Welcome to Design4Services – a free on-line resource for service and service operations design, enterprise architecture design and business transformation.
Service Operations Design
Until fairly recently, service and service operations design was a poor cousin to the design of products and manufacturing processes. But with the growth of the service economy, including the re-orientation of many product-based businesses, this has begun to change.
Unfortunately, this increased focus on services has not necessarily lead to improvements in design. There has been a tendency to simply take the same approaches used so successfully in product design and manufacturing and apply them to services. But services are very different to products, with the customer sitting at the very heart of what is being supplied. This creates a system dynamic and degree of complexity very different from that encountered in the manufacture of goods. Treat a service customer as a standardised unit of production, to be directed and processed in a standardised way (rather than reflecting their specific needs and circumstances), and you should not be surprised if that customer chooses to go elsewhere; or not to use the service as intended.
This site is about a more holistic and customer-focused approach to service and service operations design, that reflects the more intimate relationship between customer and service provider; and the greater variation in demand that typically exists at the point of delivery. It is applicable to all service-orientated environments and all forms of customer – end user (both external and internal) and business-to-business (B2B).
Applied Systems Thinking
At the heart of Design for Services is the application of Systems Thinking to the design and improvement of services. This provides the conceptual framework, or structure, within which other related Concepts are introduced. These are then carried forward into a set of practical design Methods and Techniques.
In the final section of the site, we look at the Application of these concepts and methods, across various settings, both private and public sector; single and multi-agency; using different patterns of delivery, including the use of outsourcing and shared services; and at the application of technology.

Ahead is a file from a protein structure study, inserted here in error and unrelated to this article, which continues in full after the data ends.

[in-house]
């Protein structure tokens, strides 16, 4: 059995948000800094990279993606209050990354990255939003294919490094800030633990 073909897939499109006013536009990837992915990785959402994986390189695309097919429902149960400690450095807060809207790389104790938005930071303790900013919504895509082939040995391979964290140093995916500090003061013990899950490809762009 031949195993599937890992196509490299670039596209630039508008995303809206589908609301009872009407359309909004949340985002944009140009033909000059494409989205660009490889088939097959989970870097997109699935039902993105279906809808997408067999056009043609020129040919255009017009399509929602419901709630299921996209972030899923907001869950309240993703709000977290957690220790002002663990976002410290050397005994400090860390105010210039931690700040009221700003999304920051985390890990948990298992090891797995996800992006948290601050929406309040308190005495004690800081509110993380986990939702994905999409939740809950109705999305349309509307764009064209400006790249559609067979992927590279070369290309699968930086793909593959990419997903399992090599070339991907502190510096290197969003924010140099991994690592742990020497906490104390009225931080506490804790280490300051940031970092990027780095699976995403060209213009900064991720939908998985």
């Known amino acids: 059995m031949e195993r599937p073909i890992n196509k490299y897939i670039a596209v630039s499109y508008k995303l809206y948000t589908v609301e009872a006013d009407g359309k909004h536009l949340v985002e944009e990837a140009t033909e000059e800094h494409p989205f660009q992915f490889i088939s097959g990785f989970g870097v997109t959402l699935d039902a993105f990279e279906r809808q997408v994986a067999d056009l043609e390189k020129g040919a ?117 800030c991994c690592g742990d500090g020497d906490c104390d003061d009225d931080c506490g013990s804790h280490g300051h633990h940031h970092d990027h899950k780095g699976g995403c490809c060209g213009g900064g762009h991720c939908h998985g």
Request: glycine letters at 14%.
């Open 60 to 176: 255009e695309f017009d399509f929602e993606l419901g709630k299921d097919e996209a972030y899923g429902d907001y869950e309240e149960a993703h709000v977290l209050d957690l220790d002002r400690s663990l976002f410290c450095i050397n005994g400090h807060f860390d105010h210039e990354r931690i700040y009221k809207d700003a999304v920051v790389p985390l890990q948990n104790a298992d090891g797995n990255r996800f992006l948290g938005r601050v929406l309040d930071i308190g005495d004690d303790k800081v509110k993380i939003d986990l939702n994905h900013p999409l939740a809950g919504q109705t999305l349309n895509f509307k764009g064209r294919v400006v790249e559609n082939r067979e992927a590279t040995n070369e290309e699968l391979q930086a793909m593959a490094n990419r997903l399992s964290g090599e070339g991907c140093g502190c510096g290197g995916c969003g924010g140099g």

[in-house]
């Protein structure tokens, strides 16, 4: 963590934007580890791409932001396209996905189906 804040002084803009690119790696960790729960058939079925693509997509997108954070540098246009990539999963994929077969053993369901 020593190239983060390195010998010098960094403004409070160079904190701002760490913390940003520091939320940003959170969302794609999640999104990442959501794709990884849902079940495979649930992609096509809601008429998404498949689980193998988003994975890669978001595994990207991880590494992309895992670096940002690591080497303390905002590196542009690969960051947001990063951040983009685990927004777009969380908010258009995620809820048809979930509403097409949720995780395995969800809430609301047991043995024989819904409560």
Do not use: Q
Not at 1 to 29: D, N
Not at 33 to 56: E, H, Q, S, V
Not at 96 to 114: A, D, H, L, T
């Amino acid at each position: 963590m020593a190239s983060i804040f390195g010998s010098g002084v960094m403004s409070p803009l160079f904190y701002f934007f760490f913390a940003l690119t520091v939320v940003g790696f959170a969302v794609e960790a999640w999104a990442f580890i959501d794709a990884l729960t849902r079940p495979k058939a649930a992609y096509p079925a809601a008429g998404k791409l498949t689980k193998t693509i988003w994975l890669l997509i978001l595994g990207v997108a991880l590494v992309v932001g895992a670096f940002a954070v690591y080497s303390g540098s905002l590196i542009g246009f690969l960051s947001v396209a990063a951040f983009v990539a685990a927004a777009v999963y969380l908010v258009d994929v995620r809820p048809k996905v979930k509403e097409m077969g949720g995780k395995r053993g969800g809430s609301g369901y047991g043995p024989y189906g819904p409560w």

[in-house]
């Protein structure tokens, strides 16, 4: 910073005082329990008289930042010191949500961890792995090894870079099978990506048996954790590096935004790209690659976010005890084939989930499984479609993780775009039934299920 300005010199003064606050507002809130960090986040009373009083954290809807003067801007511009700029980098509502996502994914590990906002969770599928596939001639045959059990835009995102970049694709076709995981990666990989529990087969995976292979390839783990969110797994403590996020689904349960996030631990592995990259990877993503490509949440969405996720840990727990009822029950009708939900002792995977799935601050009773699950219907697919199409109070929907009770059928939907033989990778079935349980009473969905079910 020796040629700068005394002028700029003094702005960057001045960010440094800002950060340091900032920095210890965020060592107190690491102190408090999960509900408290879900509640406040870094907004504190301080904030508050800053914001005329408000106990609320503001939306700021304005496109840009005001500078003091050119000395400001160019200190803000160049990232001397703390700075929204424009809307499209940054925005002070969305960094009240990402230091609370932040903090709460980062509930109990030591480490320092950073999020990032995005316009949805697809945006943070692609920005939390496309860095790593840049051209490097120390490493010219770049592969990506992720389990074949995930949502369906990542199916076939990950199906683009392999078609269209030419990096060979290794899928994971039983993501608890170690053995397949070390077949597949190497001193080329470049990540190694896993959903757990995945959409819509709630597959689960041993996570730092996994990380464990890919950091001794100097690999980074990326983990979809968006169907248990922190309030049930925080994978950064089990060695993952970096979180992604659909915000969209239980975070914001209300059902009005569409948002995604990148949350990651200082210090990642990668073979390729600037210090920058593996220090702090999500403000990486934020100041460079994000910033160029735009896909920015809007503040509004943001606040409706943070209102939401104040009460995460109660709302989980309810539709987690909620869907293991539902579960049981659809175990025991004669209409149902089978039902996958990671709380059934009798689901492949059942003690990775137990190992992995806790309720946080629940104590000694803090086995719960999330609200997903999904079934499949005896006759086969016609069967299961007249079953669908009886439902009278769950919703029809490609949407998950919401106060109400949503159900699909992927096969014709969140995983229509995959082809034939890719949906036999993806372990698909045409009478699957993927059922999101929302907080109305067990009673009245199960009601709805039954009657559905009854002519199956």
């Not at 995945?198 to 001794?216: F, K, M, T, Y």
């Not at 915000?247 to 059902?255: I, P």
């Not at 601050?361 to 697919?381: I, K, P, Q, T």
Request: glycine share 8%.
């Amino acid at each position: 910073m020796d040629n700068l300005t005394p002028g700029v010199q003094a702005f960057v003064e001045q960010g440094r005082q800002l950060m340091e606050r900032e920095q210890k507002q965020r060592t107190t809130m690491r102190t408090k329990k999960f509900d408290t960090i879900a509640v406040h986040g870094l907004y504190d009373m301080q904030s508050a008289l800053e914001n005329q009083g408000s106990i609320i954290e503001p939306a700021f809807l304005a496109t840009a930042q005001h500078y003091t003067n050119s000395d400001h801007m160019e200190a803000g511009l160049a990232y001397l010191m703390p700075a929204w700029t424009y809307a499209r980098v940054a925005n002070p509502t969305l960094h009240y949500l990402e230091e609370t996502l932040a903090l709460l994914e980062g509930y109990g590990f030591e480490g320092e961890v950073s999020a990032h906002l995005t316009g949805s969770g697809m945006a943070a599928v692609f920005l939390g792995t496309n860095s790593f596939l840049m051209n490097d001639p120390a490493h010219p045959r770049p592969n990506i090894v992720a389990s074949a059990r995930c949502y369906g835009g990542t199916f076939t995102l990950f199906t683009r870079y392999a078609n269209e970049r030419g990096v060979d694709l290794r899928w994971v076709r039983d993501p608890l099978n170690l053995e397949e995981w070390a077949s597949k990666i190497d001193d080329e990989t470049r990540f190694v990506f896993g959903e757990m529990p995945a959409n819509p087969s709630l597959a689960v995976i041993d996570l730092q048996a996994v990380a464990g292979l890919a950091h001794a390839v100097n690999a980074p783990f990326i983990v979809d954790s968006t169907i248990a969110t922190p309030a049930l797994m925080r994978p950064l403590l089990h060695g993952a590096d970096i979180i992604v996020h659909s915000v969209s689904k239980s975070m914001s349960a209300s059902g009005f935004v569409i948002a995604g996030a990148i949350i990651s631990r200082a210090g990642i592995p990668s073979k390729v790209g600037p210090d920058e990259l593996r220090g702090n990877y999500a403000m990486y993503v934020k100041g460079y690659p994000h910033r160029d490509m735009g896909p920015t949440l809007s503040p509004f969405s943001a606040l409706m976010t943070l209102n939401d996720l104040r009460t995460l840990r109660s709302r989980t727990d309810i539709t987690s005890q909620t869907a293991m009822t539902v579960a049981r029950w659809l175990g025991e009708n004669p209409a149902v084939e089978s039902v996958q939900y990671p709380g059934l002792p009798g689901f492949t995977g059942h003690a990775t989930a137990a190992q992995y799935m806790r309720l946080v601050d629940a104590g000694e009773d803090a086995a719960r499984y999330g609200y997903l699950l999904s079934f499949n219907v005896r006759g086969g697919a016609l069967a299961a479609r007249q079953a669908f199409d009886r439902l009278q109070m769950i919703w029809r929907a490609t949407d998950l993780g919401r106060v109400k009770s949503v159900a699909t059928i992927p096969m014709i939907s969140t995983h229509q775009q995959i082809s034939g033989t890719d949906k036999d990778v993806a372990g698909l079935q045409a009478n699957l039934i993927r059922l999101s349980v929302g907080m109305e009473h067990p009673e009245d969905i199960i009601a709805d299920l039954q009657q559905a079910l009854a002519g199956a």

The methods presented here are centred on the design and development of an Enterprise Architecture for your service operation; and the design and development of services within the context of this architecture.
Clustered around this central approach are a range of related design methods and techniques, covering service and operations design, performance improvement and change.
Note that the use of the term “Enterprise Architecture” here, also encompasses the terms “Business Architecture”, “Strategic Architecture” and all variants of.
Getting the Most from the Site
Design4Services is unashamedly pluralistic. It will cover material that you may have encountered before, under various labels, e.g. Design Thinking, BPR, BPM, Lean and Agile. To get the most from the site, it is important to approach this material afresh. A lot of good concepts and ideas get distorted over time, through mis-interpretation and commercialisation. Here, everything is viewed afresh, through the unifying lens of Systems Thinking.
Design4Services aims to provide short, concise and accessible introductions to each topic. Beyond this, it provides links to additional resources, in the form of further reading and useful (free or low cost) resources published by others; and to other useful sites on service design and improvement.
If you are an organisation looking for some more tailored advice and/or direct assistance, then please visit the Consultancy page.
As with all services, the site can only benefit from a greater understanding of demand. Please spend a few minutes to provide your ideas and feedback.
Design for Services is published under a Creative Commons licence.
About the Author
Tim Manning is a freelance Business Enterprise Architect, Service Designer and Project Manager, with over 30 years experience in systems engineering and business transformation, the last 20 of which have focused on service design and improvement. Tim is based in the UK.
First Published: 7/11/2011 Last Updated: 16/03/2018